With Inflation At Four-Year Low, Should China Worry About Deflation?

The author is Liu Li-Gang, chief economist of Greater China at ANZ

China’s consumer price index (CPI) inflation slowed sharply to 1.6% year-on-year in September, the lowest level since January 2010, compared with 2.0% in the prior month.

On a monthly basis, CPI rose 0.5%, lower than 0.8% recorded last September.

The sharp deceleration of CPI inflation is largely due to surprisingly low food prices during the Mid-Autumn Festival and before National Day holidays.

In our view, the anti-graft campaign could have significantly eased upward pressures on prices. Notably, among CPI’s sub-indices, the price of tobacco and liquors has dropped to negative territory since September 2013.

As CPI inflation decelerated faster than expected in the recent month, we lower our CPI forecast for 2014 to 2.0%, from 2.2% to 2.3% previously. The average CPI inflation in the fourth quarter is unlikely to exceed 2.0%.

Producer price index (PPI) inflation fell further to a decline of 1.8% in September, 0.6 percentage point lower than last reading, reflecting a de-stocking process amid sluggish domestic demand.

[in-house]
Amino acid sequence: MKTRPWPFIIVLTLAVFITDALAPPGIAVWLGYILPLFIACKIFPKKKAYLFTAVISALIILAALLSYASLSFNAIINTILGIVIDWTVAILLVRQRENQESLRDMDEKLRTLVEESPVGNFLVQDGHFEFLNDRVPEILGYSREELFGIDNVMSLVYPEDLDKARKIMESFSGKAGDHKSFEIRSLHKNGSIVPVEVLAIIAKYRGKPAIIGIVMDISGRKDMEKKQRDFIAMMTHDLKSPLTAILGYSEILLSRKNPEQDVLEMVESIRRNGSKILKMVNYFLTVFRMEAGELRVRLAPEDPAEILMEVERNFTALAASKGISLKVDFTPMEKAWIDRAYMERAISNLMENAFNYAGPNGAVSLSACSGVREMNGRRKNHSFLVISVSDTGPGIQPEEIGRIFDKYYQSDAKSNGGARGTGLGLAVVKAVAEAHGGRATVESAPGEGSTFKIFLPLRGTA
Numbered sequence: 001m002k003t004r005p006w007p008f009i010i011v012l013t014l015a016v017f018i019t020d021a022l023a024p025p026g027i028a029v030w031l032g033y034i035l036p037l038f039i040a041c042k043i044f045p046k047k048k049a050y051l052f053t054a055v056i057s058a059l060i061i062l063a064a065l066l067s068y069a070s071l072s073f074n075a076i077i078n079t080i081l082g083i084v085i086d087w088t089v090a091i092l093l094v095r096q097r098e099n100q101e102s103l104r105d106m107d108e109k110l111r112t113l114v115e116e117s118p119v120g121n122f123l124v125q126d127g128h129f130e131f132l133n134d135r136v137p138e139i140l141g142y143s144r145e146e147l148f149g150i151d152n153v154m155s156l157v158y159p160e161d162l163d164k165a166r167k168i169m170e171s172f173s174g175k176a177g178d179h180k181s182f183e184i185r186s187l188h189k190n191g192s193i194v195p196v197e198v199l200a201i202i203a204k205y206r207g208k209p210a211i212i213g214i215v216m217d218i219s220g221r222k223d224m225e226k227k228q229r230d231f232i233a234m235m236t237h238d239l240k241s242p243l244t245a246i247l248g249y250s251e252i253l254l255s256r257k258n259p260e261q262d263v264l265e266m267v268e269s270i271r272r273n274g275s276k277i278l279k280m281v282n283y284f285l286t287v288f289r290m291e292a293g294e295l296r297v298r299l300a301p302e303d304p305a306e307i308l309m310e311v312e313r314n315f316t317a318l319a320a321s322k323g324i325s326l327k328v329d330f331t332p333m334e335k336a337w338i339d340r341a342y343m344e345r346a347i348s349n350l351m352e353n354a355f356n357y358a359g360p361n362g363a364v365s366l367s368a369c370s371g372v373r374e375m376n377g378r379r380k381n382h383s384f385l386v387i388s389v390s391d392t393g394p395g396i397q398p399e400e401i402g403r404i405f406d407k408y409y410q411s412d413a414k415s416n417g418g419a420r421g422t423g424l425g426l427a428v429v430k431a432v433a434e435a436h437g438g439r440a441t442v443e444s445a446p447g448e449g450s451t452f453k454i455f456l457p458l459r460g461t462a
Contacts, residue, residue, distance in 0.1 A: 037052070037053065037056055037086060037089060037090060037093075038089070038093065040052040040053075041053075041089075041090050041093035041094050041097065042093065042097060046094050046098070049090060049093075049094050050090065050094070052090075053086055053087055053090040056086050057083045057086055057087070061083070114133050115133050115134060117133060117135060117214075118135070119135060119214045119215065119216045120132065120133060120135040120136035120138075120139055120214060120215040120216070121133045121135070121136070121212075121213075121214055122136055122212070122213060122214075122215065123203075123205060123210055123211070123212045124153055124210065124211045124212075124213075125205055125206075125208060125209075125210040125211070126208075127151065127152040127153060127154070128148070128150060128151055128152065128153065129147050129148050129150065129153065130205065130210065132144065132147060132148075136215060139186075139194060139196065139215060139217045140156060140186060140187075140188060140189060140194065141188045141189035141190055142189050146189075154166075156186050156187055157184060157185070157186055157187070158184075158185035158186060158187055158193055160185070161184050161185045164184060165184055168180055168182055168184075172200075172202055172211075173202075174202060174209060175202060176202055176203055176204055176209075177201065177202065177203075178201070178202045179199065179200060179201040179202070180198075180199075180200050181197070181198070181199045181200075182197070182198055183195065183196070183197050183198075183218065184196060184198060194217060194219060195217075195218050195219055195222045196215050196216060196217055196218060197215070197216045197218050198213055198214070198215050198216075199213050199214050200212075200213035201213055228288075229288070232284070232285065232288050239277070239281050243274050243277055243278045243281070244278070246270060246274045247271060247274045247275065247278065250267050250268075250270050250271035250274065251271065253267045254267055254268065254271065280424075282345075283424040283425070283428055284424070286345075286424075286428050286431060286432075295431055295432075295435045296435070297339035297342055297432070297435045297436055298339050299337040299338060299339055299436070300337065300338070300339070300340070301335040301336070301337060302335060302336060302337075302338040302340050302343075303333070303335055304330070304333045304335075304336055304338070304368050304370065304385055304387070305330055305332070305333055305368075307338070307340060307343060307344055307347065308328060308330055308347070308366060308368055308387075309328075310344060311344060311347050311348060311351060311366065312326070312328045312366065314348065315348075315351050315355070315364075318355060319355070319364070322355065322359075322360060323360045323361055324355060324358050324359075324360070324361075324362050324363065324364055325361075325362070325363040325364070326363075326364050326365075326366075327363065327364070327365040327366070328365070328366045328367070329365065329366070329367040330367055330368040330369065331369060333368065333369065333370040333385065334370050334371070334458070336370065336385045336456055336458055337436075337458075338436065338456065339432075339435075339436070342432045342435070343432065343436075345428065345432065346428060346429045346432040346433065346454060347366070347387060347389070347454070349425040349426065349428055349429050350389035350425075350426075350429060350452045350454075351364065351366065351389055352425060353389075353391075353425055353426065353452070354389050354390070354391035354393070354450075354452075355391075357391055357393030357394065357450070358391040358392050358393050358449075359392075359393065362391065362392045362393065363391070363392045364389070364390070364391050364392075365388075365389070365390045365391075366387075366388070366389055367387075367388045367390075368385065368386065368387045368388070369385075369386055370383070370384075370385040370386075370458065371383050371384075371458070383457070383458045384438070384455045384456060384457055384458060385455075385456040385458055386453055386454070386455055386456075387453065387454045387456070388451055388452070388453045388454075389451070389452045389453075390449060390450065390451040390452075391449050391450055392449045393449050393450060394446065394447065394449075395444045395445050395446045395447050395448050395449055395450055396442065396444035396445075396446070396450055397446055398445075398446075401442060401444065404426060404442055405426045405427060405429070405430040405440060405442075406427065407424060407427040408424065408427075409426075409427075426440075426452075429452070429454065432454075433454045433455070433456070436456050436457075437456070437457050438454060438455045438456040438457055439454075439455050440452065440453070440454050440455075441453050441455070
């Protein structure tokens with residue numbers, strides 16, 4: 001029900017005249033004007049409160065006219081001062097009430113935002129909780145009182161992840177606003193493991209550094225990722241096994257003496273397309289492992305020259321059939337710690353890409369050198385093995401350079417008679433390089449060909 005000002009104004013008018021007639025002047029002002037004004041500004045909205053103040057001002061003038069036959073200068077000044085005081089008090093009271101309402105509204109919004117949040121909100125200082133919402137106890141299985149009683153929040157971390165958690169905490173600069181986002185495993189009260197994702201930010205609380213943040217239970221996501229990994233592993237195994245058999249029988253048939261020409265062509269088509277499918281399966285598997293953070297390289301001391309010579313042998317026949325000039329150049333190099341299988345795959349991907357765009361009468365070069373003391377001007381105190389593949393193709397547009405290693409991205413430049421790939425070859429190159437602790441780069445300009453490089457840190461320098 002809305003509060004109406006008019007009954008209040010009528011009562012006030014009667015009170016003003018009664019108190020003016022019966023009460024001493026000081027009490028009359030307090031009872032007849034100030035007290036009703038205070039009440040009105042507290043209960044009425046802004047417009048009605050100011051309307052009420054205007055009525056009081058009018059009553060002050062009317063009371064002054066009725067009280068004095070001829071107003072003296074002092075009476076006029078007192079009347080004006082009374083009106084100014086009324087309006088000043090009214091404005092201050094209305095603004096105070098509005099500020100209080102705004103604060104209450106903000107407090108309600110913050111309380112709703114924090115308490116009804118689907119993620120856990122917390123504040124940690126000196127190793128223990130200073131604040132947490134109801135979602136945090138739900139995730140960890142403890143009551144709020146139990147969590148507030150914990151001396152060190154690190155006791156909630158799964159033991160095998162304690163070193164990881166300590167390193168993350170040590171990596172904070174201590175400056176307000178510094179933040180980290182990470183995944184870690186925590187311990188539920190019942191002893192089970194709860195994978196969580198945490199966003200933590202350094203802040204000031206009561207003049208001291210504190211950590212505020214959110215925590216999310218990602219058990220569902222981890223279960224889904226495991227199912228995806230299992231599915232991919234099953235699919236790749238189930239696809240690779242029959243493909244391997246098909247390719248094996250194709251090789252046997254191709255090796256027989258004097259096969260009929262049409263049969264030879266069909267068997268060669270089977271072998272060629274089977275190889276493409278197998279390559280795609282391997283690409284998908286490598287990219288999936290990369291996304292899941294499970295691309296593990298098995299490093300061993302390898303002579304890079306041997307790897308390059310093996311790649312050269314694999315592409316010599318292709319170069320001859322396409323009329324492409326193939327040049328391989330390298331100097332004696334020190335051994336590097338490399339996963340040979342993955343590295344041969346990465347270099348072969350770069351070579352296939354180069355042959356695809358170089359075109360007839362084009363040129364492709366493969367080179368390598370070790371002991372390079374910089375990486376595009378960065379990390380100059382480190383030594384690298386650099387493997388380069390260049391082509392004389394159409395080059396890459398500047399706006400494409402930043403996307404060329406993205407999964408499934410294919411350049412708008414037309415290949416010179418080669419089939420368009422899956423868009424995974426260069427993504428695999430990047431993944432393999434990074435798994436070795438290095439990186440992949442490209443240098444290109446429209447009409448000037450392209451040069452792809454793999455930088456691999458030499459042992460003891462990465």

In addition, it suggests that the profit margin of Chinese corporates will be further squeezed and their capital expenditure demand will remain weak in the next few quarters.

China’s soft inflation profile heightens the risk of deflation, thus requiring further monetary policy easing. Indeed, the People’s Bank of China (PBoC) had taken actions before inflation figures were released, and it lowered the 14-day repo rate by 10 basis points yesterday morning, to 3.4%.

This was the third time that the PBoC reduced 14-day repo rate, suggesting that China’s monetary easing bias remains.

In our view, the PBoC could adjust repo rates more frequently in the future and will experiment the transmission from repo rates to deposit and lending rates of commercial banks.

The PBoC appears to use some innovative policy instruments to implement monetary policy, indicating that China is pushing towards interest rate liberalization.

(The article has been edited for clarity)

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